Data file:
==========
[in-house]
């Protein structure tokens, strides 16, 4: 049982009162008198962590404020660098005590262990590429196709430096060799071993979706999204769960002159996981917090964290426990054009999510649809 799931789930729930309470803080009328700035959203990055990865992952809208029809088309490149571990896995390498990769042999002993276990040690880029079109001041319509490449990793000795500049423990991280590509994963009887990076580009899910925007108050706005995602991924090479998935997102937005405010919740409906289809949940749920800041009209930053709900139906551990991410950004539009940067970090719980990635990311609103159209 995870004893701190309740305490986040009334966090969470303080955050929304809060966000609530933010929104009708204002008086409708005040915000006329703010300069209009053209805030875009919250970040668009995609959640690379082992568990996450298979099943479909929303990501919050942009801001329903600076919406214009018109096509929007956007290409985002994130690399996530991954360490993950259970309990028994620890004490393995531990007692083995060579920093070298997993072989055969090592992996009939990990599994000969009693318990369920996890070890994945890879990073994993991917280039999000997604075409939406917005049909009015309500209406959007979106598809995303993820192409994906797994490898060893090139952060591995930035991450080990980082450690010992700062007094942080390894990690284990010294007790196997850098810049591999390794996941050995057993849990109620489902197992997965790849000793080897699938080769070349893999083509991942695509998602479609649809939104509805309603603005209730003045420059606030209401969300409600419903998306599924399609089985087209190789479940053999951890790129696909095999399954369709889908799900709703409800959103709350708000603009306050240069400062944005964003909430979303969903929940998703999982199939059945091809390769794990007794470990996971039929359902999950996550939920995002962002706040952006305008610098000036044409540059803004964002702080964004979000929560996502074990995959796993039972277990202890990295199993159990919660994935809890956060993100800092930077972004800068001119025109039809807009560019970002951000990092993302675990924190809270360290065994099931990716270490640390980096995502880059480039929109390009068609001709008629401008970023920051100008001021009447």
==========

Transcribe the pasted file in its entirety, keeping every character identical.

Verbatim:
[in-house]
């Protein structure tokens, strides 16, 4: 049982009162008198962590404020660098005590262990590429196709430096060799071993979706999204769960002159996981917090964290426990054009999510649809 799931789930729930309470803080009328700035959203990055990865992952809208029809088309490149571990896995390498990769042999002993276990040690880029079109001041319509490449990793000795500049423990991280590509994963009887990076580009899910925007108050706005995602991924090479998935997102937005405010919740409906289809949940749920800041009209930053709900139906551990991410950004539009940067970090719980990635990311609103159209 995870004893701190309740305490986040009334966090969470303080955050929304809060966000609530933010929104009708204002008086409708005040915000006329703010300069209009053209805030875009919250970040668009995609959640690379082992568990996450298979099943479909929303990501919050942009801001329903600076919406214009018109096509929007956007290409985002994130690399996530991954360490993950259970309990028994620890004490393995531990007692083995060579920093070298997993072989055969090592992996009939990990599994000969009693318990369920996890070890994945890879990073994993991917280039999000997604075409939406917005049909009015309500209406959007979106598809995303993820192409994906797994490898060893090139952060591995930035991450080990980082450690010992700062007094942080390894990690284990010294007790196997850098810049591999390794996941050995057993849990109620489902197992997965790849000793080897699938080769070349893999083509991942695509998602479609649809939104509805309603603005209730003045420059606030209401969300409600419903998306599924399609089985087209190789479940053999951890790129696909095999399954369709889908799900709703409800959103709350708000603009306050240069400062944005964003909430979303969903929940998703999982199939059945091809390769794990007794470990996971039929359902999950996550939920995002962002706040952006305008610098000036044409540059803004964002702080964004979000929560996502074990995959796993039972277990202890990295199993159990919660994935809890956060993100800092930077972004800068001119025109039809807009560019970002951000990092993302675990924190809270360290065994099931990716270490640390980096995502880059480039929109390009068609001709008629401008970023920051100008001021009447």